The Vault Regulars

Thursday, June 10, 2021

A short backpack in the Duddon Valley. Day.2

 Saturday 5th June 2021

We all slept well and no rain overnight so we had a dry tent. Wonderful. 

Today was classed as an easy day compared to yesterday so no need to pack away quickly. With the good weather holding the walk down the Duddon river should be a pleasurable experience.

The midges took full advantage of me opening the mesh doors of the tent and it was their breakfast time too. It was a bit of a shock because last evening as the sun went down there were none.

Breakfast was a casual affair before setting off across the intake fields to reach the path parallel with the Duddon. We walked in a downstream direction and Judith had decided to up the pace. 

Judith is leading at pace, not a clue where she is going, but does it matter. No.
Bubbling River Duddon which was quite low considering how wet May was.

Just before Birks bridge with the lovely swimming pools we passed Birks car park which wasn't full but I noticed that the numerous picnic benches which used to be here had gone. Leaving just one. Rather odd.

The pools at the bridge looked very inviting.

Pools at Birks Bridge.
Carrying on downstream we followed the obvious path, then when we came to the first stile with a dog flap we made a mistake. The path goes left and follows the river, which on the ground looks a well used trod. However it leads you/us into a dead end with steep cliffs or a swim. We retraced our step and found the right path back at the stile.

This path leaves the river and climbs above the cliffs passing through a Bluebell wood as shown in the pic below.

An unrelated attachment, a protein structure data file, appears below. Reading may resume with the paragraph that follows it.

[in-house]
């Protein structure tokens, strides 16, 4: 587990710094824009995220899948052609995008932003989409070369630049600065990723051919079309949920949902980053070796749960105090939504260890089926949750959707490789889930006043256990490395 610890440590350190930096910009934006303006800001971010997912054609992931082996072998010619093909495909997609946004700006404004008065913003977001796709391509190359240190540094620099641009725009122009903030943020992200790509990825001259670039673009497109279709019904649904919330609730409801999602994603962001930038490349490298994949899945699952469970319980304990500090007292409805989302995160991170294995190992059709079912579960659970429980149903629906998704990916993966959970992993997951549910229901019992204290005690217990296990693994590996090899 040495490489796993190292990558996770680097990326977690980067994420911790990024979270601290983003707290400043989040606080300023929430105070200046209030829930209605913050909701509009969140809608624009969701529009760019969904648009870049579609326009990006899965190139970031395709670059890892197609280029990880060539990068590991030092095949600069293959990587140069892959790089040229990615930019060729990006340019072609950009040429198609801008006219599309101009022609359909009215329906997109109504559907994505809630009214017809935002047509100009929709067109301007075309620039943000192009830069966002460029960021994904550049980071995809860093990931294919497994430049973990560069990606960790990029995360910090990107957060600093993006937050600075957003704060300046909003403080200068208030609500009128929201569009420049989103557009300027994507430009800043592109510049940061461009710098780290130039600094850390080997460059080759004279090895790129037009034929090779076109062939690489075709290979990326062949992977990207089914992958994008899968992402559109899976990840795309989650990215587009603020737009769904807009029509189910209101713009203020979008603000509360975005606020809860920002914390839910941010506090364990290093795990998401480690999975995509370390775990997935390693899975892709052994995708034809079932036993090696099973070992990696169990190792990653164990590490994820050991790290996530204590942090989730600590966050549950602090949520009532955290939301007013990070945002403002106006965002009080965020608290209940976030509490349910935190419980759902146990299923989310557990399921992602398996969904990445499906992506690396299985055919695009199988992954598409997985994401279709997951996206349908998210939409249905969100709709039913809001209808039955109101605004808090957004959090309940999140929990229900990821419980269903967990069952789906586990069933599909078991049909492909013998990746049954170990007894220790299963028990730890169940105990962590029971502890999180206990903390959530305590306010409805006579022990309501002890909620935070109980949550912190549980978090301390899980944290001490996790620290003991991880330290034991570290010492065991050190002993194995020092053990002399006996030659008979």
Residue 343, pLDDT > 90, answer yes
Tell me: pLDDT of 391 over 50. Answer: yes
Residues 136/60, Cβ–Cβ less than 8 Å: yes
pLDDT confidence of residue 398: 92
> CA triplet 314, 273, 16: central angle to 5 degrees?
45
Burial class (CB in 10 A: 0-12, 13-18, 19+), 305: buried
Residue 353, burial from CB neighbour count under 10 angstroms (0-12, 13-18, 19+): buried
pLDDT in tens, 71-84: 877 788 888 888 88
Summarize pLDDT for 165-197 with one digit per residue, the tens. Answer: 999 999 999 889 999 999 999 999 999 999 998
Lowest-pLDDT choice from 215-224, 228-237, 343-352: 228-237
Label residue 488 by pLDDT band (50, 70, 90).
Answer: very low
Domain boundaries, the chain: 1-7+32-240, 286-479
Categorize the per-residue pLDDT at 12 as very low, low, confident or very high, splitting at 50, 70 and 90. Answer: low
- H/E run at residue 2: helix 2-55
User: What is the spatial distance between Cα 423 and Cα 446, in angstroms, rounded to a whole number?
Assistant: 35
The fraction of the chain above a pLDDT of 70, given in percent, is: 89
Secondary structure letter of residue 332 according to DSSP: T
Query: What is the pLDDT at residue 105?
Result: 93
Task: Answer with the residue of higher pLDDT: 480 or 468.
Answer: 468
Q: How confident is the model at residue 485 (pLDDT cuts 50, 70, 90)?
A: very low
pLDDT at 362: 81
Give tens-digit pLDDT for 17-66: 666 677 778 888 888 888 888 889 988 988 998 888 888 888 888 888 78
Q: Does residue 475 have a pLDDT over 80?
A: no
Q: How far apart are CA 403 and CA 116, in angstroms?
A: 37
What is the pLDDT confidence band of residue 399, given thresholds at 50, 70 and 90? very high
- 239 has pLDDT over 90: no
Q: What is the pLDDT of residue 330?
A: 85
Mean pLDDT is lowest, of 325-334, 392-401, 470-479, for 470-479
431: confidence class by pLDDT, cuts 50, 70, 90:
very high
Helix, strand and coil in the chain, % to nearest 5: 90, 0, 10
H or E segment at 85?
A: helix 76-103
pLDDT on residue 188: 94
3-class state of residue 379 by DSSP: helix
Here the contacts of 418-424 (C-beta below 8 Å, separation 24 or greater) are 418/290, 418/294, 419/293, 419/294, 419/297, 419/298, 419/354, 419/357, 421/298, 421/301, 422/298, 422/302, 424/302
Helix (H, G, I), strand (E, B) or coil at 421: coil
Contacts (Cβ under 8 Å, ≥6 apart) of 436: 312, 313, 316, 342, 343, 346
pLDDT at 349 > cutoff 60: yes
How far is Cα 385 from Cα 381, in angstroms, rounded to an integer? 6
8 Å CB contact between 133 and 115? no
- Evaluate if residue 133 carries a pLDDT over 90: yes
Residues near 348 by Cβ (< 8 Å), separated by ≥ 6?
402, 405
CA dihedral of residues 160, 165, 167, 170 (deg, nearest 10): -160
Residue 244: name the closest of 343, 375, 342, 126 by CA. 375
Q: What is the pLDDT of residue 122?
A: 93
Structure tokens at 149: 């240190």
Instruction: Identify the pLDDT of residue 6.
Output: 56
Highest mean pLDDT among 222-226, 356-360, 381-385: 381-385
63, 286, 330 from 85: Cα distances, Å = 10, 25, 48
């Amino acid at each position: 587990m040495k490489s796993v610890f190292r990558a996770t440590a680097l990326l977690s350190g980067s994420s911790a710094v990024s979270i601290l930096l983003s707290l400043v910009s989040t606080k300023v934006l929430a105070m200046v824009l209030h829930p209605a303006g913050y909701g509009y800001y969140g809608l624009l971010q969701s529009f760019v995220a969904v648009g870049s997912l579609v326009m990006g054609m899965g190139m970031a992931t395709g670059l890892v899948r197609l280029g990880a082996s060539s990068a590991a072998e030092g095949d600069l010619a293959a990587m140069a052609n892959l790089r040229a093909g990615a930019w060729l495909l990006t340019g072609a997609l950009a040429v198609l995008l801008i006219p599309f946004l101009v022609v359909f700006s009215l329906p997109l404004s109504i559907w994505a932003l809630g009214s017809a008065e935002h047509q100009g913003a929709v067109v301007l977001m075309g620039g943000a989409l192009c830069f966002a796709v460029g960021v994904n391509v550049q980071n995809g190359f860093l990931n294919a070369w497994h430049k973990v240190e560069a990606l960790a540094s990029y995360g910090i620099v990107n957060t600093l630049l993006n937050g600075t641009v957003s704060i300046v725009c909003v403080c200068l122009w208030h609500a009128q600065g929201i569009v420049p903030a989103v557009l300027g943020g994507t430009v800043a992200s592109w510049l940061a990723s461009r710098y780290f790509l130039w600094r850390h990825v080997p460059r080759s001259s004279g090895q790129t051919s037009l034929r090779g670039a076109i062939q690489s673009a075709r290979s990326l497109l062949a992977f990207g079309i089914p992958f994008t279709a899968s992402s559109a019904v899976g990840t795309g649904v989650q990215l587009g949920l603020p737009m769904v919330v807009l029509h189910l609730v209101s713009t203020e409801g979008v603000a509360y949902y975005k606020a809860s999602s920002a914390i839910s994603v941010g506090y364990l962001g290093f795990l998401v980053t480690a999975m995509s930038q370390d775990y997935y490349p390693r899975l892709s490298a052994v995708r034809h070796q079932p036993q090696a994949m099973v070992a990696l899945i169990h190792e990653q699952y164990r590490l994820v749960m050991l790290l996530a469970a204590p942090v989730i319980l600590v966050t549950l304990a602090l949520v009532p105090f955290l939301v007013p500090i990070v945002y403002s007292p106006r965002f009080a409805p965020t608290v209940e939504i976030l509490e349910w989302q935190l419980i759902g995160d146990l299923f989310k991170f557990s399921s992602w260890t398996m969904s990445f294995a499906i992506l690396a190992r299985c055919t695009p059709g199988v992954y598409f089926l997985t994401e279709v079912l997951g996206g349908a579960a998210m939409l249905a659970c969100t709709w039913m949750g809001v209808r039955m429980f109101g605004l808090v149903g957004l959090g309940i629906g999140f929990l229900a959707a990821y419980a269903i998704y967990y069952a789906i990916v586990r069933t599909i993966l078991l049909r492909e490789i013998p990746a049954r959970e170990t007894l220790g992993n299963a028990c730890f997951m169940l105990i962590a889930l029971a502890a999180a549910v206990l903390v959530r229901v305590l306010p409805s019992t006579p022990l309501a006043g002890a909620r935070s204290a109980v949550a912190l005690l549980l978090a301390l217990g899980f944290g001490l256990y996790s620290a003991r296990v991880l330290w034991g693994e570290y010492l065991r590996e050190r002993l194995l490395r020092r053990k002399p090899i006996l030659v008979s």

The path is a good one now, but drops down quite steeply to Troutal Bridge which we crossed and had a ten minute break. This is a lovely spot and a fantastic place to paddle your hot feet. Maybe next time.

Troutal farm has new tenants, people I haven't yet met. The previous tenants Martin and Sophie whom I had known for many years have now moved to Dumfries. There was no one around the farm so we plodded on along the road for just a short stretch before bearing left just after the cattle grid and heading over Troutal Tongue to Tongue house.

Troutal Bridge
Looking back to Harter Fell from Troutal Tongue.

Tarn Beck flows through the grounds of Tongue House and at a small bridge over the Beck we decided to stop for lunch. As mentioned earlier, we were in no rush, so it turned out to be a good lengthy stop, enjoying the cooling river and the warm sunshine.
Our splendid lunch stop at Tarn Beck with the scrambling outcrops of Throng Close and Tongue House Close in the background.

It was such a lovely day it was difficult to get going again but getting going was part of the plan. We had been practicing these breaks and we were getting very good at it.
Our next path was a steep one leading up to the landrover track below Lead Pike which goes to Seathwaite Tarn.

How green is our valley.

Zoom shot across to Scafell and Scafell Pike.
Seathwaite Tarn just coming into sight. Brim Fell ridge behind.

There is a path on both sides of the tarn with the majority of people using the left bank or the north side mainly. Originally there only used to be one path, on the south side, which was used by the miners pack mules during the old copper extraction days. This path has become a little hard to see on the ground in places but it's a far more interesting path than the north side.

The copper mines were worked in the late 19th century and when the ore was tested they found the first source of Wittichenite in the UK.

Construction of the dam started in 1904 and opened in 1910. It provided water into the Duddon for the use of Barrow.

Numerous ring cairns can be found around it's shores.
Seathwaite Tarn and Dam. At it's deepest it is 85ft and contains only Brown Trout.

The area at the far end of the reservoir is usually very boggy and I had my doubts that it would be walkable but it proved to be ok. Our camp spot for the night was just at the confluence of the reservoir with Tarn Head Beck. 

The late afternoon was still warm and our feet were glad to feel the cooling waters of the beck. Tents up, we had a lazy evening of reading and chatting. It had been a most enjoyable day.

Tea tonight consisted of Bla Band Beef and potato with Bernaise. I can say this was the nicest dehydrated meal I have ever had.

Our route Day 2.

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